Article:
Location: Children's Nutrition Research CenterTitle: Companeros: High school students mentor middle school students to address obesity among Hispanic adolescents
|Arlinghaus, Katherine - University Of Houston|
|Moreno, Jennette - Children'S Nutrition Research Center (CNRC)|
|Reesor, Layton - University Of Houston|
|Hernandez, Daphne - University Of Houston|
|Johnston, Craig - University Of Houston|
Submitted to: Preventing Chronic Disease
Publication Type: Peer Reviewed Journal
Publication Acceptance Date: 10/1/2017
Publication Date: 10/1/2017
Citation: Arlinghaus, K.R., Moreno, J.P., Reesor, L., Hernandez, D.C., Johnston, C.A. 2017. Companeros: High school students mentor middle school students to address obesity among Hispanic adolescents. Preventing Chronic Disease. 14(e92).
Interpretive Summary: This study utilized an existing public health model (Hispanic community health workers) and other existing health behavior approaches (peer health mentors) to engage Hispanic middle school students in a school-based obesity intervention. Specifically, high school students were trained as health mentors to take part in an obesity program targeting low-income Hispanic middle school students. Results showed that middle school students that were assigned to the program with high school health mentors had a larger decrease in standardized body mass index when compared to middle school students that participated in the program without mentors. More research is needed in this area. However, considering the effectiveness of high school health mentors demonstrated in this study and the minimal extra resources needed to support them, this model warrants further investigation as a possible strategy for addressing practical concerns schools face when implementing health initiatives.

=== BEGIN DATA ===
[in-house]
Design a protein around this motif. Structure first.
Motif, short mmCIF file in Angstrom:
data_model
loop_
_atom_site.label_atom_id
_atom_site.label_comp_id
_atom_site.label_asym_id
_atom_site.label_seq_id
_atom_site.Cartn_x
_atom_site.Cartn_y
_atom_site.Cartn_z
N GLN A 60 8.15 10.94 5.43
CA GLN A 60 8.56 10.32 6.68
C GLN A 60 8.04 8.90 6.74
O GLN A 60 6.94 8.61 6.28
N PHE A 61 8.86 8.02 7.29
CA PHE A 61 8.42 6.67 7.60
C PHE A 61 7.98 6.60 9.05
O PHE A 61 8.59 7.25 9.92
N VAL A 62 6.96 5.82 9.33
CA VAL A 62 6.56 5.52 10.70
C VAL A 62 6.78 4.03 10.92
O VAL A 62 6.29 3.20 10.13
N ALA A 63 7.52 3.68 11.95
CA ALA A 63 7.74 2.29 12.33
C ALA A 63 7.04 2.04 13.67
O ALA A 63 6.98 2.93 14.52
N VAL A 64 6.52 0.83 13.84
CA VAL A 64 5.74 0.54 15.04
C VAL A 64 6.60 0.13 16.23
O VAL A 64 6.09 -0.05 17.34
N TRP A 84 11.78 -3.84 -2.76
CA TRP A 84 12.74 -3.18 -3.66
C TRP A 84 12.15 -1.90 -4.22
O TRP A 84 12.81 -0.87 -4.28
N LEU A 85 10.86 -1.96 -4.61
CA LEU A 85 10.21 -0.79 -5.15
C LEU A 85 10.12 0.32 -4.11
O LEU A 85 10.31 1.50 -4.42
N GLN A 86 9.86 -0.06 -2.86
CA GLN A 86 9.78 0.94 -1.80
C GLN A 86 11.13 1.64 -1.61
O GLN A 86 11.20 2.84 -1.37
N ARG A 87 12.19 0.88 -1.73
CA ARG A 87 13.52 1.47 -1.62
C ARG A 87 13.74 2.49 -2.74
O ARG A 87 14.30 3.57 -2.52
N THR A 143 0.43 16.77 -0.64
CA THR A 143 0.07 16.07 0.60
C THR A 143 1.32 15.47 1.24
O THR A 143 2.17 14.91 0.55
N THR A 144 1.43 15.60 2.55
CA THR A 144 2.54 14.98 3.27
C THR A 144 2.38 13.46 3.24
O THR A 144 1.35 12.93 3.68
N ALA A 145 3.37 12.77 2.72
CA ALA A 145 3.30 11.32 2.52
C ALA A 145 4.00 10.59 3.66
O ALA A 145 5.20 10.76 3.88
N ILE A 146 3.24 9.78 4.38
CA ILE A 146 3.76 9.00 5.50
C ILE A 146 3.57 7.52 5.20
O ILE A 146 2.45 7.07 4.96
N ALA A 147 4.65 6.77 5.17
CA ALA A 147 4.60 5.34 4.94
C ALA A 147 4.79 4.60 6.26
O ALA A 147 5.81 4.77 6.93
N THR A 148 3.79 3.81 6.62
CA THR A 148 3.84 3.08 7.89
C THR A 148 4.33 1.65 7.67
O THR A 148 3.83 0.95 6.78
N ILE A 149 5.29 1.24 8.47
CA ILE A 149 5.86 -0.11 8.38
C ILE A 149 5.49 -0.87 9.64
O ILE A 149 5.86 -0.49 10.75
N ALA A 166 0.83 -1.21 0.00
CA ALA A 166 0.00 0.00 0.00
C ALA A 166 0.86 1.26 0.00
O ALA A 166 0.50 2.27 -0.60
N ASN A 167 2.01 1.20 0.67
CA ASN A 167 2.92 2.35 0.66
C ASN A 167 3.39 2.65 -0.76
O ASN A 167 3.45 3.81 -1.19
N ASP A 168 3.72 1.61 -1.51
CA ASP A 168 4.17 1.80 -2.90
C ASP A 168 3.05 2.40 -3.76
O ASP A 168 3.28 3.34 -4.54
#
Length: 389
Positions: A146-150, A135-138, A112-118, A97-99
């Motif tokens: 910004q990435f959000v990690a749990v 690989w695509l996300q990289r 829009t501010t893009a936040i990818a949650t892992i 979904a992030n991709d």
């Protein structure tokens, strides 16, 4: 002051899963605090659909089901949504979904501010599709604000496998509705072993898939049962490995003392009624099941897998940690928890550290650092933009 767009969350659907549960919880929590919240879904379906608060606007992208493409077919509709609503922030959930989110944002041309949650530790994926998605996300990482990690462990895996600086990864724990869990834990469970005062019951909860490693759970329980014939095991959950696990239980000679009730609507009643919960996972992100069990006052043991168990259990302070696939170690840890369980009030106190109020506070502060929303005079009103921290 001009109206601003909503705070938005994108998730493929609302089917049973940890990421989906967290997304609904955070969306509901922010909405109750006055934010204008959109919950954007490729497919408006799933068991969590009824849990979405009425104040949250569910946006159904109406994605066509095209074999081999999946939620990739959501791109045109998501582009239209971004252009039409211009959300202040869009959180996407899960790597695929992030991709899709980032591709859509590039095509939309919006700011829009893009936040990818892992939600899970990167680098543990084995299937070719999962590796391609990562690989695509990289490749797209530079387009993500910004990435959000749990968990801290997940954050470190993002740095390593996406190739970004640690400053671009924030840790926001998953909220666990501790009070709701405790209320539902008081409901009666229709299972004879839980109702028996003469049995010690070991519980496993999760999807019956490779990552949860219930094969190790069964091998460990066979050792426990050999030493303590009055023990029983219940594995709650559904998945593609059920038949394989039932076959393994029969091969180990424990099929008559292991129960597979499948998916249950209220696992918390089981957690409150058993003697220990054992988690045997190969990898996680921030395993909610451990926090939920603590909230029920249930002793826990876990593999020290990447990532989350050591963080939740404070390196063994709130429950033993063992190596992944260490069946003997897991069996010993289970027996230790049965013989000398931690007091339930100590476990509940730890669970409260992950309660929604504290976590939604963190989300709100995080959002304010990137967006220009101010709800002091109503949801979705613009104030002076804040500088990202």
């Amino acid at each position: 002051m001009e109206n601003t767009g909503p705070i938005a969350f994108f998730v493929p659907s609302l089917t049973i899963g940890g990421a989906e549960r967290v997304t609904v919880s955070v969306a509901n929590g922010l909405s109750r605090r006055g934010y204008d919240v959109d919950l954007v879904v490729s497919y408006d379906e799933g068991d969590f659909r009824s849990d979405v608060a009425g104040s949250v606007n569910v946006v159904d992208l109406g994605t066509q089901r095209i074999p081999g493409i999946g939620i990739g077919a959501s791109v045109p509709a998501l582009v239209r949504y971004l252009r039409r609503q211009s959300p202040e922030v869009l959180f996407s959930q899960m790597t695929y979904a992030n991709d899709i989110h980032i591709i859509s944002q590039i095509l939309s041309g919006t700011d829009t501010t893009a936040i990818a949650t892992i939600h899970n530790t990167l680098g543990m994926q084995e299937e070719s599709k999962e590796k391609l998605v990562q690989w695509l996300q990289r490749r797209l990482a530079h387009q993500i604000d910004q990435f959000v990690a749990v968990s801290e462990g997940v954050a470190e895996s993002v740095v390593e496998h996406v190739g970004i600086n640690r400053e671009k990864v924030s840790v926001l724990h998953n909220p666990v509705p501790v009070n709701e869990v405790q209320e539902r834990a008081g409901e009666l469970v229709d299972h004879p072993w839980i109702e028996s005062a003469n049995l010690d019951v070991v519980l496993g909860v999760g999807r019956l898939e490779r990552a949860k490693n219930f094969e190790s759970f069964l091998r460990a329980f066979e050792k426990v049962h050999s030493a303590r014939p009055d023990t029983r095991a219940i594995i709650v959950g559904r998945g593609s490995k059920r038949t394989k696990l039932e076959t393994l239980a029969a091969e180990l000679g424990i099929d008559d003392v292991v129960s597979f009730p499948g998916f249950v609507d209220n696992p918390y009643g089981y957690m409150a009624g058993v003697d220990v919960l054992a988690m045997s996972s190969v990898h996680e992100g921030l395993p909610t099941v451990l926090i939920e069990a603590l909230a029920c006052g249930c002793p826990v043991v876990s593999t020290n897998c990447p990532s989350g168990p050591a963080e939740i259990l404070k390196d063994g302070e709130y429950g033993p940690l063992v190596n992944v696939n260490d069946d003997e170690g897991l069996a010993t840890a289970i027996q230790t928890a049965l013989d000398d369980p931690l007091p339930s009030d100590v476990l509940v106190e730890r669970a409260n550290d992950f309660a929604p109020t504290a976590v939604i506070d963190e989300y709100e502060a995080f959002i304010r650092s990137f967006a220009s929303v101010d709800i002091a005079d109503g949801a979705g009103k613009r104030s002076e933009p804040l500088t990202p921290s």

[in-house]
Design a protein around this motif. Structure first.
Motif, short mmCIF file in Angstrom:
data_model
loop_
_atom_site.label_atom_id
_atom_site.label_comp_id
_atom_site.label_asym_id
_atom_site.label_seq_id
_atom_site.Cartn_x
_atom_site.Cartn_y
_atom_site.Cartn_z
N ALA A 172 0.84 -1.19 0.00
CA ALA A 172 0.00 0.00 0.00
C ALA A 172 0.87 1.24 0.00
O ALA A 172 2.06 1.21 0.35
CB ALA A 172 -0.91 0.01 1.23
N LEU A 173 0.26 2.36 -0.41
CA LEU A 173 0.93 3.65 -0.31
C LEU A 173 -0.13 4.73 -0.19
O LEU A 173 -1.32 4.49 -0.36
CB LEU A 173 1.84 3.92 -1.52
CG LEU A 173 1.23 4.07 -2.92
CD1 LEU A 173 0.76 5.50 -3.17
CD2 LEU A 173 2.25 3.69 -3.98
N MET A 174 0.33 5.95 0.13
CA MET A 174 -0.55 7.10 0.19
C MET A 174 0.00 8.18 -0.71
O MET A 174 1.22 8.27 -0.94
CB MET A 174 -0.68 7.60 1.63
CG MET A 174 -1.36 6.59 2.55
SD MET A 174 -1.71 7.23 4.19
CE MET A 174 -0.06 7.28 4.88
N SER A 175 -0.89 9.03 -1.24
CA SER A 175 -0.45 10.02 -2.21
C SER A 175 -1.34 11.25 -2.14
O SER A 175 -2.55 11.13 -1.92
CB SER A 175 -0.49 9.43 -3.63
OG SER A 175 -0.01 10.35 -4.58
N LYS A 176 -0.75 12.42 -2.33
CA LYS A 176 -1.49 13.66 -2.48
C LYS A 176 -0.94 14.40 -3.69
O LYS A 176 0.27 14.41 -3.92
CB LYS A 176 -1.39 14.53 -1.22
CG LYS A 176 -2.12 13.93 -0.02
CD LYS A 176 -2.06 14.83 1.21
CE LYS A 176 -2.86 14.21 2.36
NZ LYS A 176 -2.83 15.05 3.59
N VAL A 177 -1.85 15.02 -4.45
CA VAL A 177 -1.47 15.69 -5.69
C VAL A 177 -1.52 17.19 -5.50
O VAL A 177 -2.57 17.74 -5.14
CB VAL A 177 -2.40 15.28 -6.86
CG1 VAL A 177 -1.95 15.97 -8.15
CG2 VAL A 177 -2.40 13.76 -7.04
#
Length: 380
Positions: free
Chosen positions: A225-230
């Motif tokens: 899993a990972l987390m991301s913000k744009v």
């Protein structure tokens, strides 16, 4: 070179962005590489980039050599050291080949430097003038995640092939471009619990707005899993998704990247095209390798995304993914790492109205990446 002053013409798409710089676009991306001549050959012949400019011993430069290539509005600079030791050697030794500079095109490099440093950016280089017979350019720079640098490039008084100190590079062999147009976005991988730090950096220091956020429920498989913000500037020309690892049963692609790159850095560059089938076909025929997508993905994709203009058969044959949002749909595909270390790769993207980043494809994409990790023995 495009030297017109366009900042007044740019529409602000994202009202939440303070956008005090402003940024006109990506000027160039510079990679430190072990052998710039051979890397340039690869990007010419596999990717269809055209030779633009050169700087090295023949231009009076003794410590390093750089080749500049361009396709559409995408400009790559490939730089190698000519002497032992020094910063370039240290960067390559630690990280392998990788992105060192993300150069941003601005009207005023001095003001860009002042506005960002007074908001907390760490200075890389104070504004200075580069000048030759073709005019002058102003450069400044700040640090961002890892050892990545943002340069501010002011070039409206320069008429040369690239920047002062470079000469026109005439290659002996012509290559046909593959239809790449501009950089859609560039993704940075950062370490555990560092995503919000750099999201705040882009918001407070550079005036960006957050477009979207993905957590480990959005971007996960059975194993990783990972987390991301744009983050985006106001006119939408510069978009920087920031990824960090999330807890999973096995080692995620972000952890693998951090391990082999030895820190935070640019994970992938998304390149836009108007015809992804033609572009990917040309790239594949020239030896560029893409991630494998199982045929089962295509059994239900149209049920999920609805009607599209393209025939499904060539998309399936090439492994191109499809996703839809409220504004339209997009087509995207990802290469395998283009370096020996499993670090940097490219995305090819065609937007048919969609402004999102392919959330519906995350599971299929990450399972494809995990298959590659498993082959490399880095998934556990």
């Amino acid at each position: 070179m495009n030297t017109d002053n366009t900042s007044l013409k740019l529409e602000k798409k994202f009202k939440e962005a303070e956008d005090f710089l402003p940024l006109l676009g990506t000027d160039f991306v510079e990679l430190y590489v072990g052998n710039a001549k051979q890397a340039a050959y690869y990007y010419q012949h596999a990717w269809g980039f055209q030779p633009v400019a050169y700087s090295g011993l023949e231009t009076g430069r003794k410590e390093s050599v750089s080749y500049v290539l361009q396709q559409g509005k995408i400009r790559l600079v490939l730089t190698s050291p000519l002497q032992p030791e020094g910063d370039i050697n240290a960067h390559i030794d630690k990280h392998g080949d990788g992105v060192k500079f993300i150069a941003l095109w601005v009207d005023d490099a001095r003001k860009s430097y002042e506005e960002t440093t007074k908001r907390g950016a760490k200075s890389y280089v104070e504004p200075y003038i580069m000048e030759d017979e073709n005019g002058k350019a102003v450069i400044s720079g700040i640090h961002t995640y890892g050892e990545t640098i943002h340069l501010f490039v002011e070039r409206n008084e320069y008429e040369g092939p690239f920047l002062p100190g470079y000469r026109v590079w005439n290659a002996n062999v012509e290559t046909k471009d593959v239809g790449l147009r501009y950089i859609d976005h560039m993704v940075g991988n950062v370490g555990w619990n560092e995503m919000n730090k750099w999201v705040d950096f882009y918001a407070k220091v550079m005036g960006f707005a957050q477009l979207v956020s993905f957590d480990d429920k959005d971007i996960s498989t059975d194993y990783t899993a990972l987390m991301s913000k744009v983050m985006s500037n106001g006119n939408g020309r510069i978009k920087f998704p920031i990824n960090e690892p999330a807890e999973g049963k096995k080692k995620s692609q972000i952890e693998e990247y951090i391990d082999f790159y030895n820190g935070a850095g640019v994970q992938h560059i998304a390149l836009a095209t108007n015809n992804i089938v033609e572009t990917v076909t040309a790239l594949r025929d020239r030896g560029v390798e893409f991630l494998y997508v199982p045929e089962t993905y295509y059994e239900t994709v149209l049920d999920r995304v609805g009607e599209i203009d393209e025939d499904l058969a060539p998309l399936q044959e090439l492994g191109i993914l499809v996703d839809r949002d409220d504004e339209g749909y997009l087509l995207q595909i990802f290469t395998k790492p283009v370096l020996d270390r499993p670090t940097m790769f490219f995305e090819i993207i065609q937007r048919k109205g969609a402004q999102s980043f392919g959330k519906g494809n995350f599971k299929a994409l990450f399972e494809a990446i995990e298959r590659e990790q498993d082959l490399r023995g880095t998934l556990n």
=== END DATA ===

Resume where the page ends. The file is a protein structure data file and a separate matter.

Technical Abstract: Promotoras, Hispanic community health workers, are frequently employed to promote health behavioral change with culturally bound Hispanic lifestyle behaviors. Peer health mentors have been used in schools to promote healthy nutrition and physical activity behaviors among students. This study investigates the efficacy of combining these 2 approaches by training high school health mentors, called companeros, to engage Hispanic middle school students in a school-based obesity intervention as a strategy to promote and sustain reductions in standardized body mass index (zBMI). High school companeros were trained to participate in a 6-month obesity program alongside middle school students in Houston, Texas. Middle school students were randomized to participate in the program either with companeros (n = 94) or without companeros (n = 95). The intervention was conducted from 2013 through 2016 in 3 cohorts of students, 1 each school year. Students were followed for 12 months. The primary outcome was zBMI, which was analyzed at baseline, 6 months, and 12 months. Significant differences were found between conditions across time (F = 4.58, P = .01). After the 6-month intervention, students in the condition with companeros had a larger decrease in zBMI (F = 6.94, P = .01) than students in the condition without companeros. Furthermore, students who received the intervention with companeros showed greater sustained results at 12 months (F = 7.65, P = .01). Using high school companeros in an obesity intervention for Hispanic middle school students could be effective in promoting and maintaining reductions in zBMI.